Murs: That was the original goal. I like how people, critics and fans judge things. The original goal was to have Def Jux, Rhymesayers, Living Legends and Rap-A-Lot, like, all types of independent hip-hop. So Devin the Dude, UGK, and Geto Boys were the first three acts; then Company Flow, Aesop Rock, and Mr. Lif; Brother Ali, Atmosphere, and Eyedea & Abilities; then the Living Legends Crew, the Grouch and 3 Melancholy Gypsies. That was the original bill I built. We just didn’t know how to get Rap-A-Lot involved.

So my goal has always been to encompass everything, and we hope to get E-40 and Bun B involved next year as we continue to grow. But there’s definitely a backlash to it.

I also plan to make it a weekend thing and incorporate more graffiti and DJ’ing and B-boying, just to stop the division in hip-hop and promote more unity, like B-boying and Ice Cube or B-boying and E-40 in the same day, because, especially with iTunes, these kids have everything on their iPod. The next generation isn’t as segregated as we were. They listen to Murs, Crookers, My Chemical Romance, Taking Back Sunday, and Mac Dre. It’s just music to them. And they watch “America’s Best Dance Crew.” They’re into limited edition Futura paintings.

For the people who are used to the old, segregated version of hip-hop, it makes them uncomfortable and they lash out. But Paid Dues has always been about the younger kids. It’s about having somebody whose 12 years old have a place to come and be safe, or 14 years old come and enjoy quality music. And I’ve seen everybody on Paid Dues perform live, and they’re no joke. They’re dope, and they’re good when they do it. And they love what they do.

Plug One: I think the one criticism of Paid Dues that has resounded over the years is that neither Paid Dues nor Rock the Bells have featured a lot of women in their line-ups. You’ve addressed it in the past; can you speak on that now?

Murs: I don’t feel right. I got a lot of backlash [when I spoke on it last year]. I’m not a female rapper. All I can say is no comment.

But this year, we have Dessa from Doomtree, who’s a female artist, and we have Hopie Spitshard, who is a female artist, and we have Angela Yee, who is a female radio personality. I don’t know how much more PC I can be. That’s all I can say about that. … I believe there needs to be a larger female presence, and I believe with Paid Dues I’ve done my part.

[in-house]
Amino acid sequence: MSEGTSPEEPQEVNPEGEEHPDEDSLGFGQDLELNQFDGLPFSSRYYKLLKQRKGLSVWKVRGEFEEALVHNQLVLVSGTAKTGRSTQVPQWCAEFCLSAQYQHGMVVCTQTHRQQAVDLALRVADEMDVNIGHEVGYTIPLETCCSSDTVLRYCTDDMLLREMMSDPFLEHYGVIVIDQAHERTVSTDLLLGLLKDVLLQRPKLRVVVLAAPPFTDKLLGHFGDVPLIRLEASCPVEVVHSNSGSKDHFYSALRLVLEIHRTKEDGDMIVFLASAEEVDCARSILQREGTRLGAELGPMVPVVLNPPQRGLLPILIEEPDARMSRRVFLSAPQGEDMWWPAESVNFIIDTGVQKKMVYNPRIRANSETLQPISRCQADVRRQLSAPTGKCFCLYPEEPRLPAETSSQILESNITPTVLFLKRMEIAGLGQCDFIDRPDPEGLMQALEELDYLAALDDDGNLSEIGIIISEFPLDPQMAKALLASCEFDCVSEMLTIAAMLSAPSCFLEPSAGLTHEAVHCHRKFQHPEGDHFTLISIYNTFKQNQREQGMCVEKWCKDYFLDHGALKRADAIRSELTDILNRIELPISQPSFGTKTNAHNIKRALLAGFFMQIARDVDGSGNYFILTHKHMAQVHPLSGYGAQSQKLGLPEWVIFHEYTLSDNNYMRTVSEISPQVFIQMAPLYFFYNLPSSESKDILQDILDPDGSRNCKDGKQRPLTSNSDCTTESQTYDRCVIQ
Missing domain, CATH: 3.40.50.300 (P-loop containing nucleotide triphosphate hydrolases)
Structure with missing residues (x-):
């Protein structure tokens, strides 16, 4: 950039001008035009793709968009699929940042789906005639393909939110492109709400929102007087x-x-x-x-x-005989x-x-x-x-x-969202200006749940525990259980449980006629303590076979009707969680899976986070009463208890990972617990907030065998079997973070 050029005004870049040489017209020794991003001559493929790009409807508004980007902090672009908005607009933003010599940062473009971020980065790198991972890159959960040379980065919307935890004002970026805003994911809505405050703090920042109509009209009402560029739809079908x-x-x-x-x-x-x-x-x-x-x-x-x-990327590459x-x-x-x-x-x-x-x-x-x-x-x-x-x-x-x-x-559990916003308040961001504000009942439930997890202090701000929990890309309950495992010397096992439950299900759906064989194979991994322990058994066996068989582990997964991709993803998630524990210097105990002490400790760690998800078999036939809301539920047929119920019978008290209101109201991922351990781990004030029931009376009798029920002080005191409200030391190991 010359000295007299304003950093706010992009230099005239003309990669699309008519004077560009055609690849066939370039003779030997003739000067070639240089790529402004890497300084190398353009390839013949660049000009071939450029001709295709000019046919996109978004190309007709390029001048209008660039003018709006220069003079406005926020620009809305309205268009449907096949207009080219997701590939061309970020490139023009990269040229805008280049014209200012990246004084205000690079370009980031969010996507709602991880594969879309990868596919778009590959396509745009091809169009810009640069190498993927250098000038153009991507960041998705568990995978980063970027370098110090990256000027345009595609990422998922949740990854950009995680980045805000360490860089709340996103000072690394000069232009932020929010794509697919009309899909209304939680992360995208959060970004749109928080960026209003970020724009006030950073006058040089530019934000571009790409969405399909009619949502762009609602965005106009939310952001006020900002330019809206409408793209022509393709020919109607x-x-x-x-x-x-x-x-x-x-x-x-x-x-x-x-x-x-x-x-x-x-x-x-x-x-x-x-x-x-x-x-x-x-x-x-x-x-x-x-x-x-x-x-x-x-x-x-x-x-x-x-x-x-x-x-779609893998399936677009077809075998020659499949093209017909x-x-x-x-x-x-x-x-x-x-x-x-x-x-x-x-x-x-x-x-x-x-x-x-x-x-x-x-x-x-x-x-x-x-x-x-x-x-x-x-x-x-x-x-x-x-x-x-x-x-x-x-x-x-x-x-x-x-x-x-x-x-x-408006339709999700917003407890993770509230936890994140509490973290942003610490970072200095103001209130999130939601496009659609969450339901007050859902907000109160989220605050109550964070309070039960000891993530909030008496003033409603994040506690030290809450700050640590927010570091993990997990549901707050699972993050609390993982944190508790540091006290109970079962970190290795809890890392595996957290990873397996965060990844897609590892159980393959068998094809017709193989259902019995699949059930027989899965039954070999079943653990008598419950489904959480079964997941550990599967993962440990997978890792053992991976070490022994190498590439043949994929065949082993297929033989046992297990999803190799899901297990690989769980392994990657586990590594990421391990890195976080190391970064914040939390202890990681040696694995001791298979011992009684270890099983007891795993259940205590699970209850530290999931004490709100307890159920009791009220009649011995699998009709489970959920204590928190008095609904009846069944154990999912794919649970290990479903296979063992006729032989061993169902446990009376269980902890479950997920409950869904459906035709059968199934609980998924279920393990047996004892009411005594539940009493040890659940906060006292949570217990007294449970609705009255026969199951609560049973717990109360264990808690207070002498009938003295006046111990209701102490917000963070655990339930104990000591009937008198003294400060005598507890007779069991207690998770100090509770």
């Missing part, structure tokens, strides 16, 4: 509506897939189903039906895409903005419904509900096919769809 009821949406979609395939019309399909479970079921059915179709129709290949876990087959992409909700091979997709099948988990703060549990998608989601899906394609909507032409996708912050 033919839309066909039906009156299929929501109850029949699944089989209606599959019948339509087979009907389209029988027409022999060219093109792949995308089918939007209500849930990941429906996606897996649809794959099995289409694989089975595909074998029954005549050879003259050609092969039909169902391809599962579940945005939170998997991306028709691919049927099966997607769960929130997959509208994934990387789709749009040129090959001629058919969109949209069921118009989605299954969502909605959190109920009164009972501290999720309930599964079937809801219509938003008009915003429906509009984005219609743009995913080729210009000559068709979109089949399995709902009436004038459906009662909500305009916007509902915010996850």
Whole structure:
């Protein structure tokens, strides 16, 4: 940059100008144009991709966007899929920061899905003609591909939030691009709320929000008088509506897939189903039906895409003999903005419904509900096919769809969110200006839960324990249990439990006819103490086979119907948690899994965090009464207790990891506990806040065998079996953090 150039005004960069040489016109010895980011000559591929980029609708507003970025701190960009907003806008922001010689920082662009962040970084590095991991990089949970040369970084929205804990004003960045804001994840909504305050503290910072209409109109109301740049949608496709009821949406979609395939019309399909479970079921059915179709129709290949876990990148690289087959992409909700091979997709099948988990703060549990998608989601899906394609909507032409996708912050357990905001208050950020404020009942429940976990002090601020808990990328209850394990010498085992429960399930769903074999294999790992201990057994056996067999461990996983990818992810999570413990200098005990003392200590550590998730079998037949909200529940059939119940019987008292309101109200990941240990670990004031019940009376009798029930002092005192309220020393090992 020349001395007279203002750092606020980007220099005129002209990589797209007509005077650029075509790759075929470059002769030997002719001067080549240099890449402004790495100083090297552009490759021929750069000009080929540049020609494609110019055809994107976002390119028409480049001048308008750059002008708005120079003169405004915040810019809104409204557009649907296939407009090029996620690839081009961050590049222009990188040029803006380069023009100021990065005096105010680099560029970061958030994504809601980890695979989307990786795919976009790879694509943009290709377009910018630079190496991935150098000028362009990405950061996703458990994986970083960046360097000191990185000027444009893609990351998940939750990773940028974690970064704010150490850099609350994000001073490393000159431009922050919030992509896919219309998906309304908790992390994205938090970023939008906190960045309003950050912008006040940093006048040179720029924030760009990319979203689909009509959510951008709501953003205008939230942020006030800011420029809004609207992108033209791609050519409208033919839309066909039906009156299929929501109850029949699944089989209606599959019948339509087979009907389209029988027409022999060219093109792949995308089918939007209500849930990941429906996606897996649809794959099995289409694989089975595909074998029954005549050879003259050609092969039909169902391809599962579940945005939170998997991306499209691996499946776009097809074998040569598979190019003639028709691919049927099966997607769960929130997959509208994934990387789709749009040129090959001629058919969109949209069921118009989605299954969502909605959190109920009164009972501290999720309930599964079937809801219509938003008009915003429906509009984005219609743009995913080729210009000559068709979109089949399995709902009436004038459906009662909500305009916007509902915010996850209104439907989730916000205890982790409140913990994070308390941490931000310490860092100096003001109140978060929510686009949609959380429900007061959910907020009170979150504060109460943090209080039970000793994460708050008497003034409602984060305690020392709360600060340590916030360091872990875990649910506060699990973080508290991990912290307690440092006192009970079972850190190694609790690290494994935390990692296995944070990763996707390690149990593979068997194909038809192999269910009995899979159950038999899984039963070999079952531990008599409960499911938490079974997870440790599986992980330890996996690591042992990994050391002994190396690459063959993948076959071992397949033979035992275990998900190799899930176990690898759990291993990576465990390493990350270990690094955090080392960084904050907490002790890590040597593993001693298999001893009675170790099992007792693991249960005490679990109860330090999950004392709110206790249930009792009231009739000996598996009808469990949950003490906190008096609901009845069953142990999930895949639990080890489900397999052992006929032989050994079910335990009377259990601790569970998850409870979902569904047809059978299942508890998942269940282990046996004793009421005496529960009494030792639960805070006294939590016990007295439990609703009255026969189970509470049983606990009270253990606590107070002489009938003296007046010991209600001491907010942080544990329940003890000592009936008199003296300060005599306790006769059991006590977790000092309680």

This year at SXSW I tried to check out a couple of female artists. I met with Invincible out of Detroit who has a great album out called ShapeShifters. So I’m well aware of the female movement. Psalm One is someone I’ve been trying to incorporate for years, and I owe her. Jean Grae has been on [the bill] in the past.

I don’t know about Rock the Bells. I don’t know what it’s like to be a female MC. But I definitely hear what people are saying, and to me I’ve addressed it this year. And I’ll continue to address it.

Plug One: It seems like a lot of the criticism that should be addressed at [Guerilla Union, the promoter that organizes Rock the Bells] is directed at you. But you guys are two different entities, right?

Murs: Yes, definitely. I have some influence over [Guerilla Union] because they’re my friends and business partners. But they run the point on that. I was asked that question [about female MCs] at Rock the Bells [last year] and I do feel strongly about it.

I love hip-hop. I would love to have more balance. I’m a huge Jean Grae fan, I’m a huge Lauryn Hill fan. I felt the answer I gave was my perspective. I don’t think it was wrong. I didn’t say anything disrespectful and if people took it the wrong way, I’m very sorry.

I have input, but I have no control over Rock the Bells. All I can do is react and respond to the need, and I think I did that this year with Paid Dues. [The 2010 edition of Paid Dues took place on April 3.] It may not be the female MCs that you’re used to or you wanted. But I think Dessa is dope. I’ve seen her out, and that’s what my requirements were. I’ve seen her with P.O.S. Like I said, I watch everybody that I put on my show. So if I haven’t had a chance to see you, that’s probably another reason why you’re not on Paid Dues.